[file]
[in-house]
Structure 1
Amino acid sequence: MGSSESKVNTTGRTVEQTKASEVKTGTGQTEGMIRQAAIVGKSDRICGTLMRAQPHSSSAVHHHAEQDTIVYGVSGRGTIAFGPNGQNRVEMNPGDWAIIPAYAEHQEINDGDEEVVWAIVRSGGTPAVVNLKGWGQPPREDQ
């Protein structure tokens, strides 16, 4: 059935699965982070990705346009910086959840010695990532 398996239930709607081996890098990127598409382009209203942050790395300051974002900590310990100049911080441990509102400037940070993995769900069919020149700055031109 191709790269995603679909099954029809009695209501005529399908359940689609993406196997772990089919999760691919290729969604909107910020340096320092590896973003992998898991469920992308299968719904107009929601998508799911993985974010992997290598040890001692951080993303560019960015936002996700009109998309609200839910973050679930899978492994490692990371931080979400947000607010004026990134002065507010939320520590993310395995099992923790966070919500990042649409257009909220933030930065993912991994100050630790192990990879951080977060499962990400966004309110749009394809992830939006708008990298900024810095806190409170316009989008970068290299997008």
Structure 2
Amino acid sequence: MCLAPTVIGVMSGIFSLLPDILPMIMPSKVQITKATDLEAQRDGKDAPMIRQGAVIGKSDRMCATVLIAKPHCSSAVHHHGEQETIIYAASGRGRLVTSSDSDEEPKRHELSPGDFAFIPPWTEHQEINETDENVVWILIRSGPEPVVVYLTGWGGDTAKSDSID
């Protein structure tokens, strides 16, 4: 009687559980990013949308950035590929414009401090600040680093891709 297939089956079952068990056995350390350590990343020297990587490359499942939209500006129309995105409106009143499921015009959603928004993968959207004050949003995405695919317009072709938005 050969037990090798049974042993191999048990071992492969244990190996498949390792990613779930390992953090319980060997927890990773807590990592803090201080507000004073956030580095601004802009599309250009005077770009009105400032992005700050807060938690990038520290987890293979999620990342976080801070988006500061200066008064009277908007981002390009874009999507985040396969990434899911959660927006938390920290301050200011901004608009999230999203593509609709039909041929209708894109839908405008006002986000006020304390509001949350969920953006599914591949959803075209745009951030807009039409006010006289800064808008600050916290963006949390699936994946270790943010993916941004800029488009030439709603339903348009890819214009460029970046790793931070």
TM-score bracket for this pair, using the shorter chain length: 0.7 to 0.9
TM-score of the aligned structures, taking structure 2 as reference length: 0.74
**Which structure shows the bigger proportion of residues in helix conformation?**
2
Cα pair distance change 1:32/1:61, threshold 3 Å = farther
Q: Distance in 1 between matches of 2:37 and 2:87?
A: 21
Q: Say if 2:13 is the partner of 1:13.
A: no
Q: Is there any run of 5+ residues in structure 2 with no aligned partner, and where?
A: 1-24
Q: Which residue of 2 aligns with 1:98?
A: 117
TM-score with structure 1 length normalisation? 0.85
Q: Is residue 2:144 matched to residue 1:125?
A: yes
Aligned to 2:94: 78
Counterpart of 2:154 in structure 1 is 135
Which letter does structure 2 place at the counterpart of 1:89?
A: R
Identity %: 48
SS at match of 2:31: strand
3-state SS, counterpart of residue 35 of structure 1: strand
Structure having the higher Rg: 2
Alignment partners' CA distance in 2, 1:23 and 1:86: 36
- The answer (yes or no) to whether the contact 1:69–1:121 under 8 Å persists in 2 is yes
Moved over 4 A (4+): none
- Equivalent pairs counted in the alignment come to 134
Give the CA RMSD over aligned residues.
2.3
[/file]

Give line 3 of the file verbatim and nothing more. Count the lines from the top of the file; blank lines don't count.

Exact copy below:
Amino acid sequence: MGSSESKVNTTGRTVEQTKASEVKTGTGQTEGMIRQAAIVGKSDRICGTLMRAQPHSSSAVHHHAEQDTIVYGVSGRGTIAFGPNGQNRVEMNPGDWAIIPAYAEHQEINDGDEEVVWAIVRSGGTPAVVNLKGWGQPPREDQ